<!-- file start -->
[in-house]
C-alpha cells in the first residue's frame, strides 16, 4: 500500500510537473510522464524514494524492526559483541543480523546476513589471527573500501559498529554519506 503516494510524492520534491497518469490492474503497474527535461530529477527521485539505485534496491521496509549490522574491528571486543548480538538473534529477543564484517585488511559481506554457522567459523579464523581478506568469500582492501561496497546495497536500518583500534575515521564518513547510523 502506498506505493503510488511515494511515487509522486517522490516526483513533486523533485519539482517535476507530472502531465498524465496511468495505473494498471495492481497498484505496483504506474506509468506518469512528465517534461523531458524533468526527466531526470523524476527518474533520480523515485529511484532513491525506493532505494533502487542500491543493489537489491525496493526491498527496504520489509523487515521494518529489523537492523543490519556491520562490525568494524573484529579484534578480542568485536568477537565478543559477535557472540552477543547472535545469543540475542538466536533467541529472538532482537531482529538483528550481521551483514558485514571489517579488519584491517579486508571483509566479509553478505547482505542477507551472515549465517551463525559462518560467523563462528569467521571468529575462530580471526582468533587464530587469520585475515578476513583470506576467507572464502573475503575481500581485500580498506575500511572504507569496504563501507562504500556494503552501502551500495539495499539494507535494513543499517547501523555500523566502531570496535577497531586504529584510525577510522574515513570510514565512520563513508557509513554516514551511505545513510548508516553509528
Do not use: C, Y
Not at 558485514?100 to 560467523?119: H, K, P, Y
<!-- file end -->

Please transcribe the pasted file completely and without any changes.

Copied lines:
[in-house]
C-alpha cells in the first residue's frame, strides 16, 4: 500500500510537473510522464524514494524492526559483541543480523546476513589471527573500501559498529554519506 503516494510524492520534491497518469490492474503497474527535461530529477527521485539505485534496491521496509549490522574491528571486543548480538538473534529477543564484517585488511559481506554457522567459523579464523581478506568469500582492501561496497546495497536500518583500534575515521564518513547510523 502506498506505493503510488511515494511515487509522486517522490516526483513533486523533485519539482517535476507530472502531465498524465496511468495505473494498471495492481497498484505496483504506474506509468506518469512528465517534461523531458524533468526527466531526470523524476527518474533520480523515485529511484532513491525506493532505494533502487542500491543493489537489491525496493526491498527496504520489509523487515521494518529489523537492523543490519556491520562490525568494524573484529579484534578480542568485536568477537565478543559477535557472540552477543547472535545469543540475542538466536533467541529472538532482537531482529538483528550481521551483514558485514571489517579488519584491517579486508571483509566479509553478505547482505542477507551472515549465517551463525559462518560467523563462528569467521571468529575462530580471526582468533587464530587469520585475515578476513583470506576467507572464502573475503575481500581485500580498506575500511572504507569496504563501507562504500556494503552501502551500495539495499539494507535494513543499517547501523555500523566502531570496535577497531586504529584510525577510522574515513570510514565512520563513508557509513554516514551511505545513510548508516553509528
Do not use: C, Y
Not at 558485514?100 to 560467523?119: H, K, P, Y